Ari Ne’eman, a person on the autism spectrum and director of the Autism Self Advocacy Network, discusses the autism movement’s challenge to what we consider “normal.”
What do modern psychiatric drug treatments have in common with lobotomy? Is informed consent possible when patients’ judgment is impaired by medication? Should psych drugs be banned?
For more than 50 years Dr. Peter Breggin has been a leading crusader against psychiatric abuse, Big Pharma, and medication dangers. His latest book is The Conscience of Psychiatry: The Reform Work of Peter R. Breggin, MD.
How do we respond to bizarre beliefs like CIA brain chips, abduction by aliens, hearing voices, spirit possession, or telepathy? Is respect for a different reality “colluding” with a delusion? Or is there meaning in madness?
Medical doctor Tamasin Knight was hospitalized for delusions, and went on to write the practical guidebook Beyond Belief: Alternative Ways of Working with Delusions, Obsessions and Unusual Experiences, available as a free download at http://www.peter-lehmann-publishing.com/books/beyond-belief.pdf (PDF).
When GlaxoSmithKline was caught lying about the risks of its blockbuster anti-depressant Paxil, it set off ongoing investigations. How did New York state take on one of the world’s most powerful companies? Was NY Governor Eliot Spitzer driven out by his corporate enemies?
Pulitzer-nominated Boston Globe journalist Alison Bass, author of Side Effects: A Prosecutor, A Whistleblower, And A Bestselling Antidepressant On Trial, discusses legal battles to clean up drug company corruption, including pay-offs to the National Alliance for the Mentally Ill.
What is the mad movement’s best response to science? How is mad pride different from gay pride? Do we want to become equal with “normal” people — or challenge the idea of normal itself? What about suffering and the risk of romanticizing madness?
Icarus Project organizer, psychiatrist, and theorist Bradley Lewis, author of Moving Beyond Prozac, DSM, and the New Psychiatry: Birth of Postpsychiatry, discusses the identity politics of madness.
More than 100,000 people die in the US each year from prescription drugs — used as directed by their doctor. How did aggressive marketing make our health care system a cause of widespread sickness? Why haven’t government regulation or medical research been able to protect the public?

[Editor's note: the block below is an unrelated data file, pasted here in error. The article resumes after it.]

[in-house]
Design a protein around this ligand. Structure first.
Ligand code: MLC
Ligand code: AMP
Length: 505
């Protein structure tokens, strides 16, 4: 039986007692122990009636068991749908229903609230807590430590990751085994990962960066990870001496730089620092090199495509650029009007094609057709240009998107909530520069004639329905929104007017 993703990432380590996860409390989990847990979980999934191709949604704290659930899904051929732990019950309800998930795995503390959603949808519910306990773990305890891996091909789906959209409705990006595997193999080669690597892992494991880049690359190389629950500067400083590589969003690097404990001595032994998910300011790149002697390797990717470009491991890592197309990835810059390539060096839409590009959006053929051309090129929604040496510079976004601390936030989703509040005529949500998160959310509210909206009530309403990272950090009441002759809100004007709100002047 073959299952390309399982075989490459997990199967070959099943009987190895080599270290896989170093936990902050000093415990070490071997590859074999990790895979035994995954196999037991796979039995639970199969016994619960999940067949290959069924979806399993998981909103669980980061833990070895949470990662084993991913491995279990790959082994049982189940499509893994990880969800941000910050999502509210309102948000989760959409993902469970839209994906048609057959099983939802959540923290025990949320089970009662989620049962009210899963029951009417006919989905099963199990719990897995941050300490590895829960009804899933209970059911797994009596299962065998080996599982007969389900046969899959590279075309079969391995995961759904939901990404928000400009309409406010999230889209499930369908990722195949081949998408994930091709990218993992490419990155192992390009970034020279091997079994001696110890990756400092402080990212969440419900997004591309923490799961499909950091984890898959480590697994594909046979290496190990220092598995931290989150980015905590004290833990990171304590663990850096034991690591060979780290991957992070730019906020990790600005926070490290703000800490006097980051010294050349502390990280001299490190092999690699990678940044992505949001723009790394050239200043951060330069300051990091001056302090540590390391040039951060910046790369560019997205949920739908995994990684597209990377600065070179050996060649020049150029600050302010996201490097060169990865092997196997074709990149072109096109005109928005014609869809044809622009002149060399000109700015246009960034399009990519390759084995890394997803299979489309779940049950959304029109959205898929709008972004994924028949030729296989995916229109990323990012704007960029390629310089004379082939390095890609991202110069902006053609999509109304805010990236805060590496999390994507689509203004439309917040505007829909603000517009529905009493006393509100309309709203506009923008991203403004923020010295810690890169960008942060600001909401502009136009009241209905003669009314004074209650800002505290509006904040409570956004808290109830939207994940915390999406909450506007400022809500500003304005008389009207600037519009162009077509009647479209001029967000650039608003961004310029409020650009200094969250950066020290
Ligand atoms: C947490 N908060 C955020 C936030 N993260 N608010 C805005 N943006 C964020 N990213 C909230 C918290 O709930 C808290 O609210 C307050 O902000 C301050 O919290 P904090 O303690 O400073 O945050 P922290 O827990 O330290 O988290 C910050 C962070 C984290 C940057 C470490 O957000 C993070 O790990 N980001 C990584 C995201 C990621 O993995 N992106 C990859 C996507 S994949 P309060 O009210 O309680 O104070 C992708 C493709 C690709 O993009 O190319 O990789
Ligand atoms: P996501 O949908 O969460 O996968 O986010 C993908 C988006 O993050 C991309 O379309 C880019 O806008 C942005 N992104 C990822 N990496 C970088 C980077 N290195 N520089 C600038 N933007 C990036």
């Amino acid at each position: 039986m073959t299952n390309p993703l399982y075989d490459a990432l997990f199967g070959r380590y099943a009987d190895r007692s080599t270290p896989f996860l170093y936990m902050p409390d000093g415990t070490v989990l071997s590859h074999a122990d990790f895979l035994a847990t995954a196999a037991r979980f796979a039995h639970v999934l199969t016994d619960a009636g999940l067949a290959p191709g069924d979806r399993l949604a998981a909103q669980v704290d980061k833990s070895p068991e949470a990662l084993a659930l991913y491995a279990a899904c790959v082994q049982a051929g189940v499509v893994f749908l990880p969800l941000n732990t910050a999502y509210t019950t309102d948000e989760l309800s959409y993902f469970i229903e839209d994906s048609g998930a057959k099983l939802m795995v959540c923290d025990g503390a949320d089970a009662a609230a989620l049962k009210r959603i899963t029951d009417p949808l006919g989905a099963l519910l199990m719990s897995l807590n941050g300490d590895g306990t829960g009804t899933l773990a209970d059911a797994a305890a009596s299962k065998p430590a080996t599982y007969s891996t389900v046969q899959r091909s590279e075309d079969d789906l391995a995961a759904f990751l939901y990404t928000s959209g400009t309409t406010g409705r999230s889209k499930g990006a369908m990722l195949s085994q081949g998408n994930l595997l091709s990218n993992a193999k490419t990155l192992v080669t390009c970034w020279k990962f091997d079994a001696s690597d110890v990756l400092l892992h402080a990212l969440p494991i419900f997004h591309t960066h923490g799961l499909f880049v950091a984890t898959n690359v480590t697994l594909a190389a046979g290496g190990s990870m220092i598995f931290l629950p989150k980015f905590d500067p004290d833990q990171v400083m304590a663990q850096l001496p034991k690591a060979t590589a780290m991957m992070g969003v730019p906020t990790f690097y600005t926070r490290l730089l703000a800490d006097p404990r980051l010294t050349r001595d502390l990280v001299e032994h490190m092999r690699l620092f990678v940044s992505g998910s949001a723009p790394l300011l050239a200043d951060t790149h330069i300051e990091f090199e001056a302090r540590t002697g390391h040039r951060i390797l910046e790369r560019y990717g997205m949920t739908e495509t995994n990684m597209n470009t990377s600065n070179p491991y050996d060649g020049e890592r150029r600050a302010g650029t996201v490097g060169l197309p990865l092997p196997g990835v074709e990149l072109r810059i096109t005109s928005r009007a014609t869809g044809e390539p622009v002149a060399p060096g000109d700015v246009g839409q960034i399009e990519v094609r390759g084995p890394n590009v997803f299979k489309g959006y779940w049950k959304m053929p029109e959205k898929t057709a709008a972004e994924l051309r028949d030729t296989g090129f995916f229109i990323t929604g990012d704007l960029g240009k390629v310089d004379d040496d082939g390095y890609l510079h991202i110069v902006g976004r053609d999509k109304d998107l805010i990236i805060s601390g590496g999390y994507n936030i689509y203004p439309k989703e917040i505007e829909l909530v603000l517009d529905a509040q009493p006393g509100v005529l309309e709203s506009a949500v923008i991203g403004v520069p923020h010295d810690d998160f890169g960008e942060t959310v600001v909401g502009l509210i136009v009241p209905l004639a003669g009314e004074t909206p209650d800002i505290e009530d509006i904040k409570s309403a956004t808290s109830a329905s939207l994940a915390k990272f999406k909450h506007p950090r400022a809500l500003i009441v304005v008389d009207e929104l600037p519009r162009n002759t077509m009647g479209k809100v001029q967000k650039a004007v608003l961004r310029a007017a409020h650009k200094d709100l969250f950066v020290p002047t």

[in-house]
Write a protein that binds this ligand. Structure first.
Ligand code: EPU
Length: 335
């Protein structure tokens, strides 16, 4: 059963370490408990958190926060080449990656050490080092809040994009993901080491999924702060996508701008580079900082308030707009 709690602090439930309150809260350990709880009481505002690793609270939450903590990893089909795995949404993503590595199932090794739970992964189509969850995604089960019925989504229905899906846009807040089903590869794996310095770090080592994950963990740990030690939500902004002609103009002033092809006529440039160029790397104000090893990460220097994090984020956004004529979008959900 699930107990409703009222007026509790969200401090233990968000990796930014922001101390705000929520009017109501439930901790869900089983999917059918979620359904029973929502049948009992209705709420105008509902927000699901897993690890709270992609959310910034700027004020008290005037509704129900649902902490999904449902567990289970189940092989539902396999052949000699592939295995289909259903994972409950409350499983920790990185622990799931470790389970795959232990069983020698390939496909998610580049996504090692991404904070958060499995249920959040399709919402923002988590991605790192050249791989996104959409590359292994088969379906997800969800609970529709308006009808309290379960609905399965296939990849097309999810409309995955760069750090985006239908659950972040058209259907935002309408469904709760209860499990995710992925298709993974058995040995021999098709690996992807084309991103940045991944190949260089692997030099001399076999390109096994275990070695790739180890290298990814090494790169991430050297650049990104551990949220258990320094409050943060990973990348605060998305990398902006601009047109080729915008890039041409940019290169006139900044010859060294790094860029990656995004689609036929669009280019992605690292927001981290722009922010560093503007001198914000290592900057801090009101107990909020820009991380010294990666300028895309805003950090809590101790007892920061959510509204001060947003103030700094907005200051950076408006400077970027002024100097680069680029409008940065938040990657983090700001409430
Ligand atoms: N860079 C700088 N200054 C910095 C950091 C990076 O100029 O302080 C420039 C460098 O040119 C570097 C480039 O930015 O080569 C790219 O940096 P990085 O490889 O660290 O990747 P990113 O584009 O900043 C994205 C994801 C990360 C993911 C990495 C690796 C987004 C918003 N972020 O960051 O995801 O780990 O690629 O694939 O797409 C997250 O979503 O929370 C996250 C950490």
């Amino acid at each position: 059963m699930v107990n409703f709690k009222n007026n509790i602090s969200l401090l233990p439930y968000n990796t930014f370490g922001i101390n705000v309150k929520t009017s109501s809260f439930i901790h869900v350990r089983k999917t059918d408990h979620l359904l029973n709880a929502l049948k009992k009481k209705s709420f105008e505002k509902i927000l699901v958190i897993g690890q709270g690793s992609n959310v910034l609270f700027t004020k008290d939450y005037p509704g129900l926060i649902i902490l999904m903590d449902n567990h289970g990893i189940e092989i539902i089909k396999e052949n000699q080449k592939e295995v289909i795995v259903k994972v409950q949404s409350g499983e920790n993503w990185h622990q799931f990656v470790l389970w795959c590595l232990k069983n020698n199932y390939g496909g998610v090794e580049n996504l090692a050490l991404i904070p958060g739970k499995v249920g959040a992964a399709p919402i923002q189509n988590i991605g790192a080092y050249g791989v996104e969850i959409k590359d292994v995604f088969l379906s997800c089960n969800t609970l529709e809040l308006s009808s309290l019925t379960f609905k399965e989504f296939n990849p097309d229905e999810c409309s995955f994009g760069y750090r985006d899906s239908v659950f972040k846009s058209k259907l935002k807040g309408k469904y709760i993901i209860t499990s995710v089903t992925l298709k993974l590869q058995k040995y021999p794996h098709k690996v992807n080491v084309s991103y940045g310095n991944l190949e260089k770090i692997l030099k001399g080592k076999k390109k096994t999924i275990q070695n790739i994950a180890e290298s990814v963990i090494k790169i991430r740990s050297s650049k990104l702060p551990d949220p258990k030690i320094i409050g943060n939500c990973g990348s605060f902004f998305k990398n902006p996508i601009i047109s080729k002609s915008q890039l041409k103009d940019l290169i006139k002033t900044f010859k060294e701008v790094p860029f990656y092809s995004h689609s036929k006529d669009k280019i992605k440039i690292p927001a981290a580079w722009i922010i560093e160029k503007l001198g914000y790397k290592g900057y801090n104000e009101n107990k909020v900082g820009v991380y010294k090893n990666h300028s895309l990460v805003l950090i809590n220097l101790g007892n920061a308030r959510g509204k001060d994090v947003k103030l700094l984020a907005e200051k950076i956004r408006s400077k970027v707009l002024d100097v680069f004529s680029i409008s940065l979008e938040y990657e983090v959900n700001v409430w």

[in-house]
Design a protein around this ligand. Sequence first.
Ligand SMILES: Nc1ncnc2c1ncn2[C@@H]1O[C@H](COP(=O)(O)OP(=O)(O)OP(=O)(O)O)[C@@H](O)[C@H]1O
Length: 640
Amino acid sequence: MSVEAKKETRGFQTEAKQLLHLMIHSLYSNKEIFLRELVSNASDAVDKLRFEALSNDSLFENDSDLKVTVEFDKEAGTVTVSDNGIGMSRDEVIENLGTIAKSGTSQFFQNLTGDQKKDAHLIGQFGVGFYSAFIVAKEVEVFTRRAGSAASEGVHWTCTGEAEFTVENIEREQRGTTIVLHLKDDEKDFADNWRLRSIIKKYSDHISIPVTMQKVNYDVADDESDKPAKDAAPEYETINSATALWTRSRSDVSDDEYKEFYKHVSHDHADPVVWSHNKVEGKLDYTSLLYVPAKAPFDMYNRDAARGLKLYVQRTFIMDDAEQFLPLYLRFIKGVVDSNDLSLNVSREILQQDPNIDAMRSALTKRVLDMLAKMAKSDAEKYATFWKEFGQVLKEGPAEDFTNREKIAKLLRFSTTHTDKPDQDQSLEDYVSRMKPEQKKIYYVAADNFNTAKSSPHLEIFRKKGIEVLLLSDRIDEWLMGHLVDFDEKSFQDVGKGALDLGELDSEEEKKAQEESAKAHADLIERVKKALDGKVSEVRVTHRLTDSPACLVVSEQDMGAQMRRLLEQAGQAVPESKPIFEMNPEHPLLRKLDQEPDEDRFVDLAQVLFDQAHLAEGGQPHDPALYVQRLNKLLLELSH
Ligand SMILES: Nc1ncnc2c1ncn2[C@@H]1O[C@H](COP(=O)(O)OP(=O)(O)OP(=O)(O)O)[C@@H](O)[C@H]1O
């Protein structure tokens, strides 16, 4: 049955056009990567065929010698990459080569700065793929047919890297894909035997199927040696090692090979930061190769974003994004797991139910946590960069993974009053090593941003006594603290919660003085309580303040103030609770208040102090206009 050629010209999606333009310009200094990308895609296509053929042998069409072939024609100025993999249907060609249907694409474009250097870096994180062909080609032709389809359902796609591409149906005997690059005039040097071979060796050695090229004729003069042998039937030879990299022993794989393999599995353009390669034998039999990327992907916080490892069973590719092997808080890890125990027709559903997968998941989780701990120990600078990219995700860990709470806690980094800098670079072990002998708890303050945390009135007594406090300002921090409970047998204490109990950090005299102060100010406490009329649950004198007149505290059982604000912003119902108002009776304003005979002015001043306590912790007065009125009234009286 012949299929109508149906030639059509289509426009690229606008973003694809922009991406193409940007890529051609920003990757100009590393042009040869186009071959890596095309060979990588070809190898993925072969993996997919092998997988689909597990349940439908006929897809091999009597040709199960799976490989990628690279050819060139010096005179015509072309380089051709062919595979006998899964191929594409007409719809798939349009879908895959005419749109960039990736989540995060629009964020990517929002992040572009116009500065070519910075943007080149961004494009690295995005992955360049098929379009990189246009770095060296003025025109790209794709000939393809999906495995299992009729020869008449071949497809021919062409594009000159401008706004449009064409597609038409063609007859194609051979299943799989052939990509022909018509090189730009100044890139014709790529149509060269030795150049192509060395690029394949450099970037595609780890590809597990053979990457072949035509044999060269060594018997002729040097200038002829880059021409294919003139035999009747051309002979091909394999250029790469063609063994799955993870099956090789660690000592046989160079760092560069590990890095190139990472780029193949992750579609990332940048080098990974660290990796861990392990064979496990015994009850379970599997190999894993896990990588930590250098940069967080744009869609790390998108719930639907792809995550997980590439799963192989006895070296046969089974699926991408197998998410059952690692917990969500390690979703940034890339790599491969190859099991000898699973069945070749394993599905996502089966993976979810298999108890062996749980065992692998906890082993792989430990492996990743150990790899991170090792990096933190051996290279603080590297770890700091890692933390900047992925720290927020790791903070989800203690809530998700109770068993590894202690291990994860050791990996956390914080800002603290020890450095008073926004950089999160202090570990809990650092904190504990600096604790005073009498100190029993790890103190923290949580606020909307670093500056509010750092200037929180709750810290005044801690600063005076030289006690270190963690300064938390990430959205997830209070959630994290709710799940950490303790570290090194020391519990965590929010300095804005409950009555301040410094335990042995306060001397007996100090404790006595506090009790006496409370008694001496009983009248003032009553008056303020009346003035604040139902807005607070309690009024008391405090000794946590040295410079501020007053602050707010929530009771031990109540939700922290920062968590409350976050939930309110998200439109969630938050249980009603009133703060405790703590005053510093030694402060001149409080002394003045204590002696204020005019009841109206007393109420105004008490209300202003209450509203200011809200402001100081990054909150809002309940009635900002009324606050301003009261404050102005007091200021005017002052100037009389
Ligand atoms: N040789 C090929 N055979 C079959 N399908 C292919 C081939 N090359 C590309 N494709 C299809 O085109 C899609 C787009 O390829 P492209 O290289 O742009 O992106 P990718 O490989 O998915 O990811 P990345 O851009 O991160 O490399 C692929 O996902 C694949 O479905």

New York Times health reporter Melody Petersen discusses her new book, Our Daily Meds: How the Pharmaceutical Companies Transformed Themselves into Slick Marketing Machines and Hooked the Nation on Prescription Drugs.
Does modern art, such as Artaud, Beckett, and Duchamp, parallel the mad frames of mind that get labeled “schizophrenia?” Is extreme sensitivity and inner self-consciousness behind artistic innovation and breaks with reality?
Rutgers University psychologist Louis Sass, author of Madness And Modernism: Insanity in the Light of Modern Art, Literature, and Thought, discusses art as an insight into the subjective inner world of madness.
What is it like to hear voices? How do people learn to live with their voices, and are voices sometimes positive and helpful? What is the connection between voices and trauma?
Jacqui Dillon, voice hearer and director of the UK Hearing Voices Network, discusses how the movement of people who hear voices is creating self-help alternatives to traditional and often abusive mental health care.
What are the lasting impacts of taunting, teasing, and physical harassment between children? Why are kids who are different singled out and picked on? What can parents do if their children are victims of bullies?
Psychotherapist, parent, and process worker Dawn Menken, author of Speak Out! Talking About Love, Sex & Eternity, discusses her work with public schools and families to break the cycle of bullying.